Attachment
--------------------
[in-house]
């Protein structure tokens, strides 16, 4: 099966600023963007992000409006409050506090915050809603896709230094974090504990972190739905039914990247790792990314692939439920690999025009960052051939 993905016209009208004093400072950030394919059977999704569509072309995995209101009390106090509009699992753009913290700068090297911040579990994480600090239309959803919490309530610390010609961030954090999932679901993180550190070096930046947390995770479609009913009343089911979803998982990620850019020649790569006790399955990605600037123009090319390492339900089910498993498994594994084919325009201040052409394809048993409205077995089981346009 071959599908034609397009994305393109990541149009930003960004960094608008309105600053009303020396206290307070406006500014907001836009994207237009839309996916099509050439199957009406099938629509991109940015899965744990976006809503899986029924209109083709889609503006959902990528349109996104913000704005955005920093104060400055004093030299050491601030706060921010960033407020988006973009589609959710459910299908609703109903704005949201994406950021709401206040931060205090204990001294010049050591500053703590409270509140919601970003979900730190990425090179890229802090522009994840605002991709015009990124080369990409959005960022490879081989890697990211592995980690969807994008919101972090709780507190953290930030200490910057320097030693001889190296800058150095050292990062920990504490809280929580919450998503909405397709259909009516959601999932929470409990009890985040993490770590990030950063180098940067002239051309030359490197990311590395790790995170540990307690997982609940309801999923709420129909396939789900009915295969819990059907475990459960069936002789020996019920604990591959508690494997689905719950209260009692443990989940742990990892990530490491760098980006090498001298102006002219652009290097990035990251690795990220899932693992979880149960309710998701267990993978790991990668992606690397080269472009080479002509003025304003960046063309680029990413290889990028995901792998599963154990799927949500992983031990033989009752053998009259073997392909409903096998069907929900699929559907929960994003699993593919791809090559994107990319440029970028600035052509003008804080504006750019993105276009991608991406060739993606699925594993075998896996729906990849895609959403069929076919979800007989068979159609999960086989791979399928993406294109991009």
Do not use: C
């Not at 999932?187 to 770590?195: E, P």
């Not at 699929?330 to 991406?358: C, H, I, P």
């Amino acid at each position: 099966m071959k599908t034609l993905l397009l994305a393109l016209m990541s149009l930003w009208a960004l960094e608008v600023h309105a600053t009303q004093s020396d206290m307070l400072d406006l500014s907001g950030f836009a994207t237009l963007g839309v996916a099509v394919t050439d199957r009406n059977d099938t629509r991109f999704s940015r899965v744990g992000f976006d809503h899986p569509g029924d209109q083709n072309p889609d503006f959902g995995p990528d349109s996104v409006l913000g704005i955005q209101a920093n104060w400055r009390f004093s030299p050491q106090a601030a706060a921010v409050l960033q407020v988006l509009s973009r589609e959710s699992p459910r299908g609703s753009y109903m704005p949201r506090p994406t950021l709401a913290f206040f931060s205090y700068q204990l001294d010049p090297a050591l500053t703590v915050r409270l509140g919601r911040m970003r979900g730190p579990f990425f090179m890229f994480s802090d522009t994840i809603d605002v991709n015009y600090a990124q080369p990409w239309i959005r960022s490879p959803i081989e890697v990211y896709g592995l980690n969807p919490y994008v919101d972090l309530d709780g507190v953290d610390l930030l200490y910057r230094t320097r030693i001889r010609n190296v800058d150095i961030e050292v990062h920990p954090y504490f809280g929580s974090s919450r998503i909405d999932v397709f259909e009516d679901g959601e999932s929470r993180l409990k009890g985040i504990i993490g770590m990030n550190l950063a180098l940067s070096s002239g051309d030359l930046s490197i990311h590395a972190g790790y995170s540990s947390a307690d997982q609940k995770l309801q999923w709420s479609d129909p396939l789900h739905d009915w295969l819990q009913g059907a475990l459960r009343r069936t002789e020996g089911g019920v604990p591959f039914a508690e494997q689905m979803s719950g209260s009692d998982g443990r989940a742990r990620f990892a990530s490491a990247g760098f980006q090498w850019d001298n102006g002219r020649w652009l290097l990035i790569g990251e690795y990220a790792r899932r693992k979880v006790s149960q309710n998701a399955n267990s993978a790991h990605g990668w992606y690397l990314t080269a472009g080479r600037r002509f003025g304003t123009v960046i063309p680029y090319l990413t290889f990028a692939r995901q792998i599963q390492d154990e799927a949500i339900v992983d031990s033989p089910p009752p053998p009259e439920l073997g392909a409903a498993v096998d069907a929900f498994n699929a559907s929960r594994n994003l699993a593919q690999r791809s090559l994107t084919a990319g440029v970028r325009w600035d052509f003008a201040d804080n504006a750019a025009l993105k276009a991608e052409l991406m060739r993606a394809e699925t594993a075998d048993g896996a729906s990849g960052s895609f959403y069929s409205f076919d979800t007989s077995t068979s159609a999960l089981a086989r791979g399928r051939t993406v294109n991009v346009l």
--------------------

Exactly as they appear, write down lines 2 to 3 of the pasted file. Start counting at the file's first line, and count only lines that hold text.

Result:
């Protein structure tokens, strides 16, 4: 099966600023963007992000409006409050506090915050809603896709230094974090504990972190739905039914990247790792990314692939439920690999025009960052051939 993905016209009208004093400072950030394919059977999704569509072309995995209101009390106090509009699992753009913290700068090297911040579990994480600090239309959803919490309530610390010609961030954090999932679901993180550190070096930046947390995770479609009913009343089911979803998982990620850019020649790569006790399955990605600037123009090319390492339900089910498993498994594994084919325009201040052409394809048993409205077995089981346009 071959599908034609397009994305393109990541149009930003960004960094608008309105600053009303020396206290307070406006500014907001836009994207237009839309996916099509050439199957009406099938629509991109940015899965744990976006809503899986029924209109083709889609503006959902990528349109996104913000704005955005920093104060400055004093030299050491601030706060921010960033407020988006973009589609959710459910299908609703109903704005949201994406950021709401206040931060205090204990001294010049050591500053703590409270509140919601970003979900730190990425090179890229802090522009994840605002991709015009990124080369990409959005960022490879081989890697990211592995980690969807994008919101972090709780507190953290930030200490910057320097030693001889190296800058150095050292990062920990504490809280929580919450998503909405397709259909009516959601999932929470409990009890985040993490770590990030950063180098940067002239051309030359490197990311590395790790995170540990307690997982609940309801999923709420129909396939789900009915295969819990059907475990459960069936002789020996019920604990591959508690494997689905719950209260009692443990989940742990990892990530490491760098980006090498001298102006002219652009290097990035990251690795990220899932693992979880149960309710998701267990993978790991990668992606690397080269472009080479002509003025304003960046063309680029990413290889990028995901792998599963154990799927949500992983031990033989009752053998009259073997392909409903096998069907929900699929559907929960994003699993593919791809090559994107990319440029970028600035052509003008804080504006750019993105276009991608991406060739993606699925594993075998896996729906990849895609959403069929076919979800007989068979159609999960086989791979399928993406294109991009």
Do not use: C